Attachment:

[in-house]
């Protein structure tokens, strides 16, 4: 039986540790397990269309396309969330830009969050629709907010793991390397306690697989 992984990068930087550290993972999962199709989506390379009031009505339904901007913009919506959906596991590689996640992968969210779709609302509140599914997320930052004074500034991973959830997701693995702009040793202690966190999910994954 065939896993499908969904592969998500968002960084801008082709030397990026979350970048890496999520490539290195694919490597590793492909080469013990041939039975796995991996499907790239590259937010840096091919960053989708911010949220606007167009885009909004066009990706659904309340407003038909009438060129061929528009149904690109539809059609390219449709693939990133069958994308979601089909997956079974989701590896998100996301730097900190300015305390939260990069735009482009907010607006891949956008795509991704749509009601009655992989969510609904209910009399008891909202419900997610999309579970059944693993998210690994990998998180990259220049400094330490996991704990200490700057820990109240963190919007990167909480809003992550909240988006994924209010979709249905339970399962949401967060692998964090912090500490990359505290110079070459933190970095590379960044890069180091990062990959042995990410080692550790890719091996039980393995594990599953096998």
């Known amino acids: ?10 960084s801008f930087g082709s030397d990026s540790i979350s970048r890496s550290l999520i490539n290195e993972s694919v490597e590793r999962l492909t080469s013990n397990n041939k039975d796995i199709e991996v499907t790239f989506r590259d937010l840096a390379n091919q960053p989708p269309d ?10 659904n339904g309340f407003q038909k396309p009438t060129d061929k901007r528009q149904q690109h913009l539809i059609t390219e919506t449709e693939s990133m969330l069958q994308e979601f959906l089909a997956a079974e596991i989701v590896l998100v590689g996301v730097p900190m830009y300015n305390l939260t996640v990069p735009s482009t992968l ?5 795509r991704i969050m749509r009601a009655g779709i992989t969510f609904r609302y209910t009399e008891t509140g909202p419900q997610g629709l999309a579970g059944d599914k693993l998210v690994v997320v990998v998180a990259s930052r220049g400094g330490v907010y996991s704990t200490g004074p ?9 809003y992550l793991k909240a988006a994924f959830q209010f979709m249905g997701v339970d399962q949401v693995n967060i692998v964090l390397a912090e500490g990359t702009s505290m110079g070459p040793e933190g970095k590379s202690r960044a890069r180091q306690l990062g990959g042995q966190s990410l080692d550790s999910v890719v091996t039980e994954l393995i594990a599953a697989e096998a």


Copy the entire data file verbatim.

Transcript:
[in-house]
């Protein structure tokens, strides 16, 4: 039986540790397990269309396309969330830009969050629709907010793991390397306690697989 992984990068930087550290993972999962199709989506390379009031009505339904901007913009919506959906596991590689996640992968969210779709609302509140599914997320930052004074500034991973959830997701693995702009040793202690966190999910994954 065939896993499908969904592969998500968002960084801008082709030397990026979350970048890496999520490539290195694919490597590793492909080469013990041939039975796995991996499907790239590259937010840096091919960053989708911010949220606007167009885009909004066009990706659904309340407003038909009438060129061929528009149904690109539809059609390219449709693939990133069958994308979601089909997956079974989701590896998100996301730097900190300015305390939260990069735009482009907010607006891949956008795509991704749509009601009655992989969510609904209910009399008891909202419900997610999309579970059944693993998210690994990998998180990259220049400094330490996991704990200490700057820990109240963190919007990167909480809003992550909240988006994924209010979709249905339970399962949401967060692998964090912090500490990359505290110079070459933190970095590379960044890069180091990062990959042995990410080692550790890719091996039980393995594990599953096998």
């Known amino acids: ?10 960084s801008f930087g082709s030397d990026s540790i979350s970048r890496s550290l999520i490539n290195e993972s694919v490597e590793r999962l492909t080469s013990n397990n041939k039975d796995i199709e991996v499907t790239f989506r590259d937010l840096a390379n091919q960053p989708p269309d ?10 659904n339904g309340f407003q038909k396309p009438t060129d061929k901007r528009q149904q690109h913009l539809i059609t390219e919506t449709e693939s990133m969330l069958q994308e979601f959906l089909a997956a079974e596991i989701v590896l998100v590689g996301v730097p900190m830009y300015n305390l939260t996640v990069p735009s482009t992968l ?5 795509r991704i969050m749509r009601a009655g779709i992989t969510f609904r609302y209910t009399e008891t509140g909202p419900q997610g629709l999309a579970g059944d599914k693993l998210v690994v997320v990998v998180a990259s930052r220049g400094g330490v907010y996991s704990t200490g004074p ?9 809003y992550l793991k909240a988006a994924f959830q209010f979709m249905g997701v339970d399962q949401v693995n967060i692998v964090l390397a912090e500490g990359t702009s505290m110079g070459p040793e933190g970095k590379s202690r960044a890069r180091q306690l990062g990959g042995q966190s990410l080692d550790s999910v890719v091996t039980e994954l393995i594990a599953a697989e096998a």